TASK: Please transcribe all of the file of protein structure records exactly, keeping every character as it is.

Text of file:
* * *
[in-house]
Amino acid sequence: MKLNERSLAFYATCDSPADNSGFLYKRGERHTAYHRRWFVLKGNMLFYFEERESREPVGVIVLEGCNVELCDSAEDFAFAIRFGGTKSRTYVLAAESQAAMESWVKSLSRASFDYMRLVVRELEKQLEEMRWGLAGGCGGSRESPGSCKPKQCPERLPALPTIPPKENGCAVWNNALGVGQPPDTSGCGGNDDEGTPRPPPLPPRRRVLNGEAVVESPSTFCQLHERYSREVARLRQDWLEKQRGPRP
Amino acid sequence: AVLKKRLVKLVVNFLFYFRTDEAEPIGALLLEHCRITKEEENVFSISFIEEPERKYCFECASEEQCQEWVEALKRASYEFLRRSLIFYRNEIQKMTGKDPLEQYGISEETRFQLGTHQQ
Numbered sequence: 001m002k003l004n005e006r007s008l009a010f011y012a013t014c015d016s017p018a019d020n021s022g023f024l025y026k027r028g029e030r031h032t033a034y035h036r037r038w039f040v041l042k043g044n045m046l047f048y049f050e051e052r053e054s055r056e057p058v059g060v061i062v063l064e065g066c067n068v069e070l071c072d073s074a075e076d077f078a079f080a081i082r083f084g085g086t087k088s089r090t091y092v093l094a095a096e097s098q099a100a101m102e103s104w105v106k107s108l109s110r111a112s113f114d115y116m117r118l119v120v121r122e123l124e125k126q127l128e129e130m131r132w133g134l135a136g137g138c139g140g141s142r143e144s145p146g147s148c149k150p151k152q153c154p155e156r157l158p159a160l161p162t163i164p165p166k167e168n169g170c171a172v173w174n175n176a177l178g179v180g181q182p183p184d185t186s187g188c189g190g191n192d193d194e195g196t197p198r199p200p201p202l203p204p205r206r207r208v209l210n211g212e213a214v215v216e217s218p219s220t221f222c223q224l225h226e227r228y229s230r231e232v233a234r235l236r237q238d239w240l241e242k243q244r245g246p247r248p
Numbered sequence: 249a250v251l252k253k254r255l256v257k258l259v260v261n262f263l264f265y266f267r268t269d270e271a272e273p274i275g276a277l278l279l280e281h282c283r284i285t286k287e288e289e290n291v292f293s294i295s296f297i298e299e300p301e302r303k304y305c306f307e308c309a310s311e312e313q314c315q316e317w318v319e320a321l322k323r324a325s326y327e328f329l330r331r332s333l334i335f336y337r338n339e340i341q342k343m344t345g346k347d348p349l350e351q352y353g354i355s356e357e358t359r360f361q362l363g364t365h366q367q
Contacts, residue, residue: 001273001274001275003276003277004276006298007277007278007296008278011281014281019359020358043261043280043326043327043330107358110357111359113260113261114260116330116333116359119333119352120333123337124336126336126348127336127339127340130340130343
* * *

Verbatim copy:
[in-house]
Amino acid sequence: MKLNERSLAFYATCDSPADNSGFLYKRGERHTAYHRRWFVLKGNMLFYFEERESREPVGVIVLEGCNVELCDSAEDFAFAIRFGGTKSRTYVLAAESQAAMESWVKSLSRASFDYMRLVVRELEKQLEEMRWGLAGGCGGSRESPGSCKPKQCPERLPALPTIPPKENGCAVWNNALGVGQPPDTSGCGGNDDEGTPRPPPLPPRRRVLNGEAVVESPSTFCQLHERYSREVARLRQDWLEKQRGPRP
Amino acid sequence: AVLKKRLVKLVVNFLFYFRTDEAEPIGALLLEHCRITKEEENVFSISFIEEPERKYCFECASEEQCQEWVEALKRASYEFLRRSLIFYRNEIQKMTGKDPLEQYGISEETRFQLGTHQQ
Numbered sequence: 001m002k003l004n005e006r007s008l009a010f011y012a013t014c015d016s017p018a019d020n021s022g023f024l025y026k027r028g029e030r031h032t033a034y035h036r037r038w039f040v041l042k043g044n045m046l047f048y049f050e051e052r053e054s055r056e057p058v059g060v061i062v063l064e065g066c067n068v069e070l071c072d073s074a075e076d077f078a079f080a081i082r083f084g085g086t087k088s089r090t091y092v093l094a095a096e097s098q099a100a101m102e103s104w105v106k107s108l109s110r111a112s113f114d115y116m117r118l119v120v121r122e123l124e125k126q127l128e129e130m131r132w133g134l135a136g137g138c139g140g141s142r143e144s145p146g147s148c149k150p151k152q153c154p155e156r157l158p159a160l161p162t163i164p165p166k167e168n169g170c171a172v173w174n175n176a177l178g179v180g181q182p183p184d185t186s187g188c189g190g191n192d193d194e195g196t197p198r199p200p201p202l203p204p205r206r207r208v209l210n211g212e213a214v215v216e217s218p219s220t221f222c223q224l225h226e227r228y229s230r231e232v233a234r235l236r237q238d239w240l241e242k243q244r245g246p247r248p
Numbered sequence: 249a250v251l252k253k254r255l256v257k258l259v260v261n262f263l264f265y266f267r268t269d270e271a272e273p274i275g276a277l278l279l280e281h282c283r284i285t286k287e288e289e290n291v292f293s294i295s296f297i298e299e300p301e302r303k304y305c306f307e308c309a310s311e312e313q314c315q316e317w318v319e320a321l322k323r324a325s326y327e328f329l330r331r332s333l334i335f336y337r338n339e340i341q342k343m344t345g346k347d348p349l350e351q352y353g354i355s356e357e358t359r360f361q362l363g364t365h366q367q
Contacts, residue, residue: 001273001274001275003276003277004276006298007277007278007296008278011281014281019359020358043261043280043326043327043330107358110357111359113260113261114260116330116333116359119333119352120333123337124336126336126348127336127339127340130340130343